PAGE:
Skip to main content

KantCon 2015 review and The Ultimate Hero

This will be a pretty short review, since I only made one afternoon session for this year's KantCon, a locally organized gaming convention in Kansas City.

One thing I like about KantCon is that you get a chance to meet some local gaming designers and some little-known games like the year I met the guys from Silver Gryphon Games and bought Ingenium and Aether.  This year I managed to get a spot at a table where two guys from Paragon Notion were running a demo of their game, The Ultimate Hero.

By the games' own description it "combines aspects of comic book heroes and science fiction."  On the comic book side it has mutations, psionics, and even magic.  On the science fiction side you have space travel, power armor, and cybernetics.  The PC's work for an organization called DOSHI (Department of Super Human Investigations), a para-military agency dedicated to policing superhuman threats.



The rules are pretty straightforward, generally a contested 2d6 roll modified by attribute and skill bonuses with damage handled by again rolling 2d6 and comparing the total on a chart to the damage step of the attack.  For example, rolling a 6 for a DS 2 weapon gets you 3 points of damage, while rolling an 11 would get you 6.  Rolling a 12 means you get a value plus an additional roll for more damage.

I don't want to get too into the review of the game given I've only played one playtest and skimmed the rulebook, but I will say this.  The game is fun.  It has that combination of gonzo sci-fi and genuine fondness for the game on the part of the game's creators that reminds me a lot of Rifts.  If you want to play a half-demon in power armor, or a vampire with cybernetics, or a bug-eyed alien with psionic abilities, you can do that.  While it isn't rules heavy per se, there is a lot in the way of crunch in the form of a gazillion powers, equipment options, and even extensive rules for vehicles.  I suspect that out there is some rules lawyer that could quickly ruin this game with optimal options for PC creation, but let's not even think about that guy and just enjoy the game for what it is.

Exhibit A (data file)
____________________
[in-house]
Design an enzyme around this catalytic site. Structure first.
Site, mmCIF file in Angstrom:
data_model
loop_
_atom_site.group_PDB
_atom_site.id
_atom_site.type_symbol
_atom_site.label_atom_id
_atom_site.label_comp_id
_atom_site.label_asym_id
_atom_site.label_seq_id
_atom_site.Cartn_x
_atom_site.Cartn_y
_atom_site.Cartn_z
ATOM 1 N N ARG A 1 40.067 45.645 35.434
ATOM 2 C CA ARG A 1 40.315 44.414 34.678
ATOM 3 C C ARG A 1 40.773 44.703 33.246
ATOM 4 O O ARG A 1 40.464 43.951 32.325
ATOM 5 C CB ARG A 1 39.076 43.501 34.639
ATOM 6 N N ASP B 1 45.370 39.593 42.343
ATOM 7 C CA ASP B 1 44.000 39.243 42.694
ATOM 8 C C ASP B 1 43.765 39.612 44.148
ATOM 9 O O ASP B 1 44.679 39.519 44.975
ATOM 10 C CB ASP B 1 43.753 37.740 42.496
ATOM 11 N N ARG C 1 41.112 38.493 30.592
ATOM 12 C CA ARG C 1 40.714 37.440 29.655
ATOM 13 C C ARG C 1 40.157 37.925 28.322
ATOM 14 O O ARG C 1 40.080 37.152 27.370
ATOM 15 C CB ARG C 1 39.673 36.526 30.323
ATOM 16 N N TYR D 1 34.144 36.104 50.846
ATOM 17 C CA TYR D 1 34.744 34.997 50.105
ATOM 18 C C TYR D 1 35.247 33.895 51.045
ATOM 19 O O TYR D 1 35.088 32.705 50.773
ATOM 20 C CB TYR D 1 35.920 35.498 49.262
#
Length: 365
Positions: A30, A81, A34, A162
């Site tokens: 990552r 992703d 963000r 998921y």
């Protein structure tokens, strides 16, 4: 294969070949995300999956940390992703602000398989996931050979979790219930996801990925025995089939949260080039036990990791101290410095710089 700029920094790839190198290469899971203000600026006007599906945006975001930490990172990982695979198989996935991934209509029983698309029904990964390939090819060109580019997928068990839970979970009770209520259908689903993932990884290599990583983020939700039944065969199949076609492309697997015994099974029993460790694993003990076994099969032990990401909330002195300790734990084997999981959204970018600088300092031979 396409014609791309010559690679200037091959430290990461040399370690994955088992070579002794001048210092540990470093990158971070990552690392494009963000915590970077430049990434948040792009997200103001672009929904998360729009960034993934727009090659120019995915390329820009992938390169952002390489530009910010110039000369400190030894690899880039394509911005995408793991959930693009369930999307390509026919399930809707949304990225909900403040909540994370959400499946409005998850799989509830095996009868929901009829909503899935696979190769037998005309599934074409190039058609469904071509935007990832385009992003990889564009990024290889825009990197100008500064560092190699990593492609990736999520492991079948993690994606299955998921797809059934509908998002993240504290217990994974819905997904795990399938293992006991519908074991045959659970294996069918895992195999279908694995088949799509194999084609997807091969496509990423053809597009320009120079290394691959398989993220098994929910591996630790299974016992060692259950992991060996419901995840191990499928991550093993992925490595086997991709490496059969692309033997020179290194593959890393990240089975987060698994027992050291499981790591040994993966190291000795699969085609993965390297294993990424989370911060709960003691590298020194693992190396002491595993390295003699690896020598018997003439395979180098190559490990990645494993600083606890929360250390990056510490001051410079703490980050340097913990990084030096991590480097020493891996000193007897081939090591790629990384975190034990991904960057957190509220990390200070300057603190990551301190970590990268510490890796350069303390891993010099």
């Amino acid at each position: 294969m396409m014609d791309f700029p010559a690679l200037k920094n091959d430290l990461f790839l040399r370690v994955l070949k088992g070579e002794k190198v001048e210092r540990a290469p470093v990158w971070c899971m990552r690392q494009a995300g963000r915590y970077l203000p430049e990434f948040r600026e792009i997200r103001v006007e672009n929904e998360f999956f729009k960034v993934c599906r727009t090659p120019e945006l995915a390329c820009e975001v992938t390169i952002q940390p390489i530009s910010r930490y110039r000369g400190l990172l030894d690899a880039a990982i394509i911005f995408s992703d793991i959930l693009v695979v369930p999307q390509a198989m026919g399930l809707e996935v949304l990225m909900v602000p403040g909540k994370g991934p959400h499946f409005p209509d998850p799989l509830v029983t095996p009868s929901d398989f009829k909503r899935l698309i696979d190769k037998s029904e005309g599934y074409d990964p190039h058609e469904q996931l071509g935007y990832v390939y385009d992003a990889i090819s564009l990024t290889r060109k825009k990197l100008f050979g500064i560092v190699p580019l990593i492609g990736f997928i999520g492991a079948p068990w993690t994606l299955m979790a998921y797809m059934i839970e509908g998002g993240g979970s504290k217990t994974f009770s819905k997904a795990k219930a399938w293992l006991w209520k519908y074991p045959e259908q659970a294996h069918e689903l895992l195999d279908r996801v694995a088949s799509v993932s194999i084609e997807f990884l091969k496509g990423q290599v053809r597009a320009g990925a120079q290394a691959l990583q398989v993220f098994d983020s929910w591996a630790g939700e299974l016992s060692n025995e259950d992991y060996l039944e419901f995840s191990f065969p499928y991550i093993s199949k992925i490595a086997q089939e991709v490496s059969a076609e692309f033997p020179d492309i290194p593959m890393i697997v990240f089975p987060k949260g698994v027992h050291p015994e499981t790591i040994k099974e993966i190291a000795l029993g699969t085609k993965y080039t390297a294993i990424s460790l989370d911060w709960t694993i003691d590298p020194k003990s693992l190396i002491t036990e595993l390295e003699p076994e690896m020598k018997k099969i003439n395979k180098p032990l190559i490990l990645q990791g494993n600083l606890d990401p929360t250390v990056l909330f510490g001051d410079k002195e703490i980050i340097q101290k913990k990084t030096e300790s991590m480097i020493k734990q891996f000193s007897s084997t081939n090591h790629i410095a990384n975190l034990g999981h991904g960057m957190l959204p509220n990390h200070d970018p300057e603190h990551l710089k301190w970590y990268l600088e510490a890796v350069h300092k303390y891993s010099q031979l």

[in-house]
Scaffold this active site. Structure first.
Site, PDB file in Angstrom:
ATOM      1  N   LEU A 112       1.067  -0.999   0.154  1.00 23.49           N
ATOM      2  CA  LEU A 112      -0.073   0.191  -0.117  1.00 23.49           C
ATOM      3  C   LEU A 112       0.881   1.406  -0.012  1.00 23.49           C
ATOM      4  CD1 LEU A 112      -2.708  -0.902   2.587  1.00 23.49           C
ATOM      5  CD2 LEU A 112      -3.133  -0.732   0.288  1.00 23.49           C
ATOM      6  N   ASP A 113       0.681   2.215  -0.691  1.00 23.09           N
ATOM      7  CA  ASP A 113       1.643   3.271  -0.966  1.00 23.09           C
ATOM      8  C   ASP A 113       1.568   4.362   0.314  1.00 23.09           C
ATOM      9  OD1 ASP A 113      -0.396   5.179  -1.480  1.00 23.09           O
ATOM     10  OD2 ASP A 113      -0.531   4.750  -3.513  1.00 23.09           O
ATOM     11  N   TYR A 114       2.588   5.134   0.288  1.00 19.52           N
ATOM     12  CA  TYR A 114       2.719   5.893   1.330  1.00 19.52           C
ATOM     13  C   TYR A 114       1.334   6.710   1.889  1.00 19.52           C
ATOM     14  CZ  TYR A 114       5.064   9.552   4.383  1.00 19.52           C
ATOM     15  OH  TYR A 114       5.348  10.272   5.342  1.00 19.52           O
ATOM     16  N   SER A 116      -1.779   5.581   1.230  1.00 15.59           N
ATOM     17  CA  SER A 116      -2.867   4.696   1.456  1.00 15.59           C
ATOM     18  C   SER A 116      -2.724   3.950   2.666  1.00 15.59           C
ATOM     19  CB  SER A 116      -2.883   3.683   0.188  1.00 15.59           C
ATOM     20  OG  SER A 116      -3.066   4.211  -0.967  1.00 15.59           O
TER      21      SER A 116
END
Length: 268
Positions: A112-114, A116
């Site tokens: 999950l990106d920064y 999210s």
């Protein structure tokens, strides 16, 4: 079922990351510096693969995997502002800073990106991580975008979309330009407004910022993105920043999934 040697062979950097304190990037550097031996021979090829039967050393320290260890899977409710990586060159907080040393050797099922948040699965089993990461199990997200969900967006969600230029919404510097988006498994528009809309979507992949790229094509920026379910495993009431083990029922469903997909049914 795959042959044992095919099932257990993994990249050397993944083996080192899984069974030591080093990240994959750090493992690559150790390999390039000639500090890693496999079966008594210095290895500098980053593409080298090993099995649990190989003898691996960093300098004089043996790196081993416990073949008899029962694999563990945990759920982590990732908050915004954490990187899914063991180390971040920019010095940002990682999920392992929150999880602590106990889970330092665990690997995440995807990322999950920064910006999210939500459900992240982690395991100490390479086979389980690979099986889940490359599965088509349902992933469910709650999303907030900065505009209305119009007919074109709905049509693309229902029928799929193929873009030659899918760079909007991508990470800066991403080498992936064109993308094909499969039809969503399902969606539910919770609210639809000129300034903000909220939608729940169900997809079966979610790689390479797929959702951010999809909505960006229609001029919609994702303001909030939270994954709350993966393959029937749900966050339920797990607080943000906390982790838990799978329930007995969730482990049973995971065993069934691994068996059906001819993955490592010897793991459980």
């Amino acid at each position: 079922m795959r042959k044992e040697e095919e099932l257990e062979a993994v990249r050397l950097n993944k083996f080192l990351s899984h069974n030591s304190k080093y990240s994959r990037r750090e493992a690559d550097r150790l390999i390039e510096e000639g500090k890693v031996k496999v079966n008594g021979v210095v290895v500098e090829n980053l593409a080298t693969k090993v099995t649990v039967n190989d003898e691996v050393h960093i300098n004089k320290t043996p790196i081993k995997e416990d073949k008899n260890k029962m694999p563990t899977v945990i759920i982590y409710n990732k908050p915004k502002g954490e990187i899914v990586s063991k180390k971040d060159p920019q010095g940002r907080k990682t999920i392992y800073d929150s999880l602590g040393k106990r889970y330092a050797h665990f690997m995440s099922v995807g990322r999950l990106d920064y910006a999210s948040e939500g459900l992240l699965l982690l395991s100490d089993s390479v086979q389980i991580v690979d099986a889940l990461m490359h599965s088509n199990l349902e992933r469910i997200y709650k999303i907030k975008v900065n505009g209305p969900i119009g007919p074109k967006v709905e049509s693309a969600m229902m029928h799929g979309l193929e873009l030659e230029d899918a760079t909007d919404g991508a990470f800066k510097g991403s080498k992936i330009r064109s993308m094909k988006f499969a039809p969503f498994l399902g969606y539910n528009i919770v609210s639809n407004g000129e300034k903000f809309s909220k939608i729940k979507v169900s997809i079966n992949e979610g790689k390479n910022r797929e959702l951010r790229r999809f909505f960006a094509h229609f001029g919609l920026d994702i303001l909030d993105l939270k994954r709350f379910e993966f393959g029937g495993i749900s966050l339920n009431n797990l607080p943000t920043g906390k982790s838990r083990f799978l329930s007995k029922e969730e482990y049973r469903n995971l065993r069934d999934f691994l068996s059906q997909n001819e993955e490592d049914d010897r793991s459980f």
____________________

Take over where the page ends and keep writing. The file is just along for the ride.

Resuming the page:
I will say one critical thing: the game needs a new name.  It's too similar to the sourcebooks put out by HERO games (makers of Champions, Fantasy Hero, etc.) and I noticed a couple of people on DriveThruRPG being confused about that.  Plus the name doesn't really capture the feel of the game--it's too generic.  But that's a really small qualm, and it the creators like the name, they should go with it.  The whole game has that "we're doing what we like" feel anyways.

Comments

  1. This intrigues me as a big Legion of Superheroes fan, but I don't see why I can't just do this with Champions, or Mutants & Masterminds.

    Still, and all, as a huge Supers RPG fan, I will definitely check it out.

    ReplyDelete
    Replies
    1. It's free, so you can't go wrong.